A Gestalt Principle that describes how elements that are close together appear to be more related than elements that are spaced farther apart


A prototype is an early model of a product that demonstrates functionality, like a wireframe, but a lot more advanced

Qualitative research

Qualitative research is primarily collected through observations and conversations. Qualitative research is based on understanding users’ needs and aims to answer questions like “why” or “how did this happen?”

Quantitative research

Quantitative research focuses on data that can be gathered by counting or measuring. Quantitative research is based on numerical data that’s often collected from large-scale surveys. This type of research aims to answer questions like “how many?” and “how much?”


Understand audiences and learn about their backgrounds: demographics, like age and location, motivations, pain points, emotions and life goals

Research Study

A step-by-step examination of a group of users and their needs, which adds realistic context to the design process

Research Report

A document to share research insights in detail, with few visuals


Someone who gives feedback about the design and offers clear actions to take during a design critique session


Concept that’s used to explain the size relationship between a given element and the other elements in the design


Describes a system that’s able to maintain performance levels when workload increases


A method of containment that creates dimension in combination with borders or fill

Secondary Research

Secondary research is research that uses information someone else has put together. For example, using information from sources like books, articles, or journals is considered secondary research.

Serial Position Effect

When given a list of items, people are more likely to remember the first few and the last few, while the items in the middle tend to blur


A Gestalt Principle that describes how elements that look alike are perceived to have the same function


Skeleton screens provide an alternative to the traditional loading method. Rather than show an abstract widget, skeleton screens create anticipation of what is to come and reduce cognitive load.

Social desirability bias

The tendency for people to answer questions in a way that will be viewed favorably by others


A specialist dives deep into one particular UX design role, like interaction, visual, or motion design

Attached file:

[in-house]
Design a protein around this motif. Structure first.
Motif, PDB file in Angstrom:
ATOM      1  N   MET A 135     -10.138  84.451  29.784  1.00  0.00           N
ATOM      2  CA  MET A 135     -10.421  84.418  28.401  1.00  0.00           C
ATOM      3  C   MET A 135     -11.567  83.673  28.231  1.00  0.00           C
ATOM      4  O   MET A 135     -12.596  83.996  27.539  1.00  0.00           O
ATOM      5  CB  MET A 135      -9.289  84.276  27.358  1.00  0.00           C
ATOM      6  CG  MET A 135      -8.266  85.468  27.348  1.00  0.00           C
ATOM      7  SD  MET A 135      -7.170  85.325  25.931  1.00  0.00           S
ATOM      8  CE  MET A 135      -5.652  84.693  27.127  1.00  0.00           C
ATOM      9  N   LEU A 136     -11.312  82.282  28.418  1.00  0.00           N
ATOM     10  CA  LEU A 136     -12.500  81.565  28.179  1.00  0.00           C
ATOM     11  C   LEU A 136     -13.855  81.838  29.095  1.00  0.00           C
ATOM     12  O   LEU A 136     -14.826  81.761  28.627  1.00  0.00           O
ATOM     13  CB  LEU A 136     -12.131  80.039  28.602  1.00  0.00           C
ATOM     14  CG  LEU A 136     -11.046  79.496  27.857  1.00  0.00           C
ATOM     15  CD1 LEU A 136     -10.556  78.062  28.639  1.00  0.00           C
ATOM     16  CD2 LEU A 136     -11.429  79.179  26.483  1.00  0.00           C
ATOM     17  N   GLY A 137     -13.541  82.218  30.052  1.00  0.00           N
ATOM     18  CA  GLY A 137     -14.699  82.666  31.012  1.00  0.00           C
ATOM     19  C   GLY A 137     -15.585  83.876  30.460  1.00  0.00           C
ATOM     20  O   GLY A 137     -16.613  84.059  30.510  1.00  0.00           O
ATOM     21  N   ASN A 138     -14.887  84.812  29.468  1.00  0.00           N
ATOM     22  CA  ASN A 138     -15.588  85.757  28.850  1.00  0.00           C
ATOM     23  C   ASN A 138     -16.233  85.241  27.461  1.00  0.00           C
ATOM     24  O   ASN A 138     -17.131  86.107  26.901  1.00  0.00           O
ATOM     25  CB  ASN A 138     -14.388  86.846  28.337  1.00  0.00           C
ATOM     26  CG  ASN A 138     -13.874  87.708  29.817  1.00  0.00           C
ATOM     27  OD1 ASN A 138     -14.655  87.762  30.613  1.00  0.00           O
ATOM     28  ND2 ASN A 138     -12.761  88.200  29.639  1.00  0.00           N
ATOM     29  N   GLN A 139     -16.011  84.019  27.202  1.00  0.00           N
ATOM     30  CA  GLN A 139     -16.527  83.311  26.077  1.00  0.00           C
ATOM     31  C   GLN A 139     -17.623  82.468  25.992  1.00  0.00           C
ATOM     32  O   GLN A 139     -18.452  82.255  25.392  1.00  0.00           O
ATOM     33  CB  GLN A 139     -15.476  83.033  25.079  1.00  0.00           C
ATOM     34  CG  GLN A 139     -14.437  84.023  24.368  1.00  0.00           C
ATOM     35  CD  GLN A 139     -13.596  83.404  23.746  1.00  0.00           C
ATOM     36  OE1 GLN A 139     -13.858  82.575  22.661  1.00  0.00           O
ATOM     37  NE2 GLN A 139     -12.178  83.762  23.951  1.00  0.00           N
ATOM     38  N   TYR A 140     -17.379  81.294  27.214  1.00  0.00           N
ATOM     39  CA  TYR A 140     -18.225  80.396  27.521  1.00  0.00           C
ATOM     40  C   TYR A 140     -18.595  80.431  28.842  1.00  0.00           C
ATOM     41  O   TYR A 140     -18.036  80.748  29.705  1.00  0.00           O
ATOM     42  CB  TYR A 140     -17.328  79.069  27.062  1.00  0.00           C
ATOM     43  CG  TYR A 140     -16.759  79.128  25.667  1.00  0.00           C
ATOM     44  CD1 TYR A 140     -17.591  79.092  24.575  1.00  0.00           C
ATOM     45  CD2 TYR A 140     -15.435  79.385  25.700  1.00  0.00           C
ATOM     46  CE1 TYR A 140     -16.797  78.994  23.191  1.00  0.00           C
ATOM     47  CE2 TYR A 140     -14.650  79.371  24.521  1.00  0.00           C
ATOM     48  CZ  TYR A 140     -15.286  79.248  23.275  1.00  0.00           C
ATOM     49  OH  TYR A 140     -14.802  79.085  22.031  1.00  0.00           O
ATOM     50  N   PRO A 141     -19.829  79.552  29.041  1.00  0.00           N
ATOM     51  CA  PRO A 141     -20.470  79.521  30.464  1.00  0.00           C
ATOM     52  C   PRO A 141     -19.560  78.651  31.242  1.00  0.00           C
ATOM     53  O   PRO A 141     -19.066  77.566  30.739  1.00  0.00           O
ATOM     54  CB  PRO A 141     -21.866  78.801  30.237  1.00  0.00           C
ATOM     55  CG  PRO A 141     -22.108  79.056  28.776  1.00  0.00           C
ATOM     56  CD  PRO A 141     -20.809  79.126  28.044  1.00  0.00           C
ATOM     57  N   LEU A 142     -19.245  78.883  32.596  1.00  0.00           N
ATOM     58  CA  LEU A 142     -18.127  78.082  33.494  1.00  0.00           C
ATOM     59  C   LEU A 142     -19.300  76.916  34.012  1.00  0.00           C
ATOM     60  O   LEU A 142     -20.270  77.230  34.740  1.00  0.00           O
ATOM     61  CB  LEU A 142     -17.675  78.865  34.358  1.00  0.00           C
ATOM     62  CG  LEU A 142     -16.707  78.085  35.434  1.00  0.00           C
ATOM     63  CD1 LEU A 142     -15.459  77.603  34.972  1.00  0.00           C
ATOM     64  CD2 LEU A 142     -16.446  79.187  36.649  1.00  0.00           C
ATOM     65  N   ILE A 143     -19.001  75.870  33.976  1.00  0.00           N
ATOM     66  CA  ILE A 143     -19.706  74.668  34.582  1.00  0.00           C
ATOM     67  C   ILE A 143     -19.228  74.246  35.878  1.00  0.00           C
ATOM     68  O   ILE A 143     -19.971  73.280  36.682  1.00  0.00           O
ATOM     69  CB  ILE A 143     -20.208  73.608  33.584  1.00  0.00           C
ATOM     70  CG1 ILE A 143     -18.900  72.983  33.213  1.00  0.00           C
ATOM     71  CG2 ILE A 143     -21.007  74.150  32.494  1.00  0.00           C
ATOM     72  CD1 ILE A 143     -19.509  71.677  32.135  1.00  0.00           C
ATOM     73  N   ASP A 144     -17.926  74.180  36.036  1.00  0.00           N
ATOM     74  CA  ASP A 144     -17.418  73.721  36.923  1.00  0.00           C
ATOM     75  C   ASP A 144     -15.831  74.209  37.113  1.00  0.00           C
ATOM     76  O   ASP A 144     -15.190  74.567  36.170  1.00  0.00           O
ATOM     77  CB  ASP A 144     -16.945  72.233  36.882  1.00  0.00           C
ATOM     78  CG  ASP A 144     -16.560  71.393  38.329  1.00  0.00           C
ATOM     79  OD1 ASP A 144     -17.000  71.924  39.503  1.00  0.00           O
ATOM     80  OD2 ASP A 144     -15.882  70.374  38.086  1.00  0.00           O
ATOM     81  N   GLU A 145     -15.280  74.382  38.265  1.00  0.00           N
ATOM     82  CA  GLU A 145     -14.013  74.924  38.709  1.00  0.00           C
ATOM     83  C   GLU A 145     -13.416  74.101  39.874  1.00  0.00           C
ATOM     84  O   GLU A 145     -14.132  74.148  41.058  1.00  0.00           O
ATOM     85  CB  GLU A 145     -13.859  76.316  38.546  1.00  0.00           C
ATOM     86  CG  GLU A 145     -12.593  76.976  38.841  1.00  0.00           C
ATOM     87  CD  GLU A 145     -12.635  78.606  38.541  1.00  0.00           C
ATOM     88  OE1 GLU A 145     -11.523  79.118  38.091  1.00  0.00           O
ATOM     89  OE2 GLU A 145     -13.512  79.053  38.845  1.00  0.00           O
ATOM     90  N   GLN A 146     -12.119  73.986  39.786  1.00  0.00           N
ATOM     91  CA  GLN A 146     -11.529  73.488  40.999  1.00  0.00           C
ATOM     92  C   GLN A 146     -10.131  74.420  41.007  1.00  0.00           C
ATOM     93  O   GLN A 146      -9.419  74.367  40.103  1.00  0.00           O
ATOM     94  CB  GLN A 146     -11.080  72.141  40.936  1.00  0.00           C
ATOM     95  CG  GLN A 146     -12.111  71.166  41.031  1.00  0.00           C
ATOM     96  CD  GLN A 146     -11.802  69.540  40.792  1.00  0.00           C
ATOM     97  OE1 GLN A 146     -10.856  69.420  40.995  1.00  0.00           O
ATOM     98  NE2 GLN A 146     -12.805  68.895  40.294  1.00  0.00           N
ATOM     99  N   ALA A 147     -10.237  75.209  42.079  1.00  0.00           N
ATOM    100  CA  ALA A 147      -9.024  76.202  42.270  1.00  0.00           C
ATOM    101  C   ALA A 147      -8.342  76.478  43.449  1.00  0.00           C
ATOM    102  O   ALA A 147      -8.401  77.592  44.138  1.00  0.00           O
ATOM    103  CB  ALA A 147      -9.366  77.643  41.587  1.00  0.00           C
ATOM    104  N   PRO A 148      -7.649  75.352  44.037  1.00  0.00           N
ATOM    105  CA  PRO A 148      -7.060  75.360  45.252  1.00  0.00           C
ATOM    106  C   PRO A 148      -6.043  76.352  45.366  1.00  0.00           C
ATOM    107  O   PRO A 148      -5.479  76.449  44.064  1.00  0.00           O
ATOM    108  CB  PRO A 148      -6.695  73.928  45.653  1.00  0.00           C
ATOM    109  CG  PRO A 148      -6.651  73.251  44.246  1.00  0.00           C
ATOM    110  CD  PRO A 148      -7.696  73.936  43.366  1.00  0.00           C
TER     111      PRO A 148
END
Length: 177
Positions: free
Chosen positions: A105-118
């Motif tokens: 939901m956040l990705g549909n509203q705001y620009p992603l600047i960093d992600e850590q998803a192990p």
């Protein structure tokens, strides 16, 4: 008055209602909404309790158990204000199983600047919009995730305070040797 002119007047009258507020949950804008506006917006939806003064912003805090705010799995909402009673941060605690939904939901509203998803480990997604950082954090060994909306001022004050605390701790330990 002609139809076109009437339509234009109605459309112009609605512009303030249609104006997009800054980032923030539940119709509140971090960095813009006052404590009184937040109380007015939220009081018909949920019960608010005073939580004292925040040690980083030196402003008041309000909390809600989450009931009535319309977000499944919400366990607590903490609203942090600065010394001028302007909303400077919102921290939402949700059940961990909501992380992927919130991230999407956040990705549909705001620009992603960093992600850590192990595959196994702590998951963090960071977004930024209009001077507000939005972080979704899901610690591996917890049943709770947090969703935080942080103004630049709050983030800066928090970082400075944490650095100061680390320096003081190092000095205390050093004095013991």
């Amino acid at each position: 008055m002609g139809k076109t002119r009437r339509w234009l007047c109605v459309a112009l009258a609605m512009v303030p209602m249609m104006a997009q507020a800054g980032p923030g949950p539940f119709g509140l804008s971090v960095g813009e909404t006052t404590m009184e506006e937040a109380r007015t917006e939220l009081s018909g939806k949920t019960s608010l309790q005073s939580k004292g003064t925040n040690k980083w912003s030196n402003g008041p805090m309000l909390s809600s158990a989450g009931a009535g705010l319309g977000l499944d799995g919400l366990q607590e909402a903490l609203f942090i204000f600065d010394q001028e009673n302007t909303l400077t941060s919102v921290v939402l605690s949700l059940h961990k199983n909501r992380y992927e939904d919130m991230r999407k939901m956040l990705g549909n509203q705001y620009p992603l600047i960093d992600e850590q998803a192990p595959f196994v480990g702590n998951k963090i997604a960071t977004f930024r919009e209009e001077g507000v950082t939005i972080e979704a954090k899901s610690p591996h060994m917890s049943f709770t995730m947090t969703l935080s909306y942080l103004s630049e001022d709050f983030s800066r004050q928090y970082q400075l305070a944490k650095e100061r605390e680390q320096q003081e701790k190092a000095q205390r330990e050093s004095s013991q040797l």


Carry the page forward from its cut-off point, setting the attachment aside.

A storyboard in UX is a tool that visually predicts and explores a user's experience with a product.

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A survey is an activity where many people are asked the same questions in order to understand what most people think about a product. Surveys are a great way to measure the success of your product, during development and after it’s launched.


Combine ideas to draw conclusions

System Usability Scale (SUS)

A questionnaire used to measure the usability of designs

T-Shaped Designer

A T-shaped designer specializes in one kind of UX design and has a breadth of knowledge in other areas

Thumb zone

Graphical representation of the product areas (using the color spectrum) that are easiest or hardest to click with the thumb

Time On Task

The amount of time it takes for a user to complete a task


The technique of arranging letters and text to make the language readable, clear, and visually appealing

Typography Hierarchy

The ordering of typefaces and fonts in a layout to create divisions that show users where to focus and how to find information


The overall style of text, distinguished by stroke weight, shape, type of serif, and line lengths

Type Classification

A general system to describe styles of type, like serif and sans serif


User Centered Design is the philosophy that designers should empathize with the user, put the user in the center of the process and focus on them.


Measures how well elements of your design work together to communicate an idea

Universal Design

Universal design is the process of creating one product for users with the widest range of abilities and in the widest range of situations

Usability Study

A usability study is a technique used to evaluate a product by testing it on users. Usability studies help demonstrate if a product is on the right track or if the design needs to be adjusted.

Use of navigation vs. Search

The number of people who use a website or app’s navigation compared to the number of people who use the search functionality


A user is any person who uses a product

User-Centric Design

User-Centered Design or User-Driven Development is a framework of processes in which usability goals, user characteristics, environment, tasks and workflow of a product, service or process are given extensive attention at each stage of the design process

User Error Rates

Indicate the parts of a design that cause users to make errors

User Experience

User experience is how a person, the user, feels about interacting with or experiencing a product

User Experience Evaluation

When it comes to evaluating user experience, there are a few key questions to examine

UX Research

UX Research focuses on understanding user behaviors, needs, and motivations through observation and feedback.

User Story

User stories are representations of small instances in peoples' lives. They are a type of scenario used in design processes to enable a designer to empathize with a user and, from there, generate ideas that fit into the user's life.

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Differentiating the elements in your design to add visual interest

Visual Balance

The sense that a design is equally weighted on both sides of its emphasized center

Visual Design

How a product or technology appears to users

Visual Weight

A measure of the force that an element exerts to attract the eye

Vulnerable Populations

Groups of people who have limited ability to provide their consent or have special privacy concerns


A wireframe is an outline or a sketch of a product or a screen. It helps the designer figure out how a page is arranged, where each piece of a product fits in with the others, and how users will likely interact with the product

60-30-10 rule

The principle of decorating a design according to a given color scheme. It is, in short, the proportion of using the colors in the way of 60% + 30% +10%